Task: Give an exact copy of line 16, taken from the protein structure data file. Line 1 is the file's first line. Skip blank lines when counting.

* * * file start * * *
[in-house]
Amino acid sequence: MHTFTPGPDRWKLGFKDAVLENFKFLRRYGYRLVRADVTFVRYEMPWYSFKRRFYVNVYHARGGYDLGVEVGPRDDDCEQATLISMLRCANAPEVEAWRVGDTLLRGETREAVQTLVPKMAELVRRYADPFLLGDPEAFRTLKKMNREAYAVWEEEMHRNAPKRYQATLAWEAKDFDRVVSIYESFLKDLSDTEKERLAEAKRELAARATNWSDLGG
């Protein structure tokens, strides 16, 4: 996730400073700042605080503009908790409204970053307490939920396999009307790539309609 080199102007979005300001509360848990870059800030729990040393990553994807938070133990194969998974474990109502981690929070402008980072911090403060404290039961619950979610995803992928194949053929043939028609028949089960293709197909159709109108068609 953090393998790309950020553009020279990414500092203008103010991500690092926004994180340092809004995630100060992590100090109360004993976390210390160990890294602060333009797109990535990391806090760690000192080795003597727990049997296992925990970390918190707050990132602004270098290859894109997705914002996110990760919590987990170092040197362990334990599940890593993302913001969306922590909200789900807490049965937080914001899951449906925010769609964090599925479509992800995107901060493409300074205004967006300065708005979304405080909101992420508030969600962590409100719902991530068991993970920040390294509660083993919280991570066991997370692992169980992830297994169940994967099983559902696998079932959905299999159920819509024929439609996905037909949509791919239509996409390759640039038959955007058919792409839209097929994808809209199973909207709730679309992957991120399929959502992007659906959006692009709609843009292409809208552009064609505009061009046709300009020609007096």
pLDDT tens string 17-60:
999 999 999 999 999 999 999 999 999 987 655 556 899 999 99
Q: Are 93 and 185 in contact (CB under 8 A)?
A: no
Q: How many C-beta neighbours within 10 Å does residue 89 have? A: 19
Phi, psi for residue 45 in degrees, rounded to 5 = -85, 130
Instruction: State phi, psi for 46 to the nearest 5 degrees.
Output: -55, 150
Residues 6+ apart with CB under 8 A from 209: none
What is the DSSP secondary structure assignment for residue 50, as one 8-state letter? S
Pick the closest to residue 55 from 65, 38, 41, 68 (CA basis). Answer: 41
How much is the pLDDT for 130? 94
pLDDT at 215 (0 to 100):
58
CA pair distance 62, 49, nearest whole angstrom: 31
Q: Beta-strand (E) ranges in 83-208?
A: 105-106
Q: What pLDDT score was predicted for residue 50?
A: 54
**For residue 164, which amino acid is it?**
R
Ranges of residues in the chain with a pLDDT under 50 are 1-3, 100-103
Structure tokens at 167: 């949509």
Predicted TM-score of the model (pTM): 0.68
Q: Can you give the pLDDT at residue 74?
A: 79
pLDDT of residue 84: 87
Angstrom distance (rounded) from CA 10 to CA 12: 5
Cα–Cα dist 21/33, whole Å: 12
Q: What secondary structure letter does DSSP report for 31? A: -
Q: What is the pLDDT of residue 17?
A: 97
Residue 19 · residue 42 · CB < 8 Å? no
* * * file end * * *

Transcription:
pLDDT at 215 (0 to 100):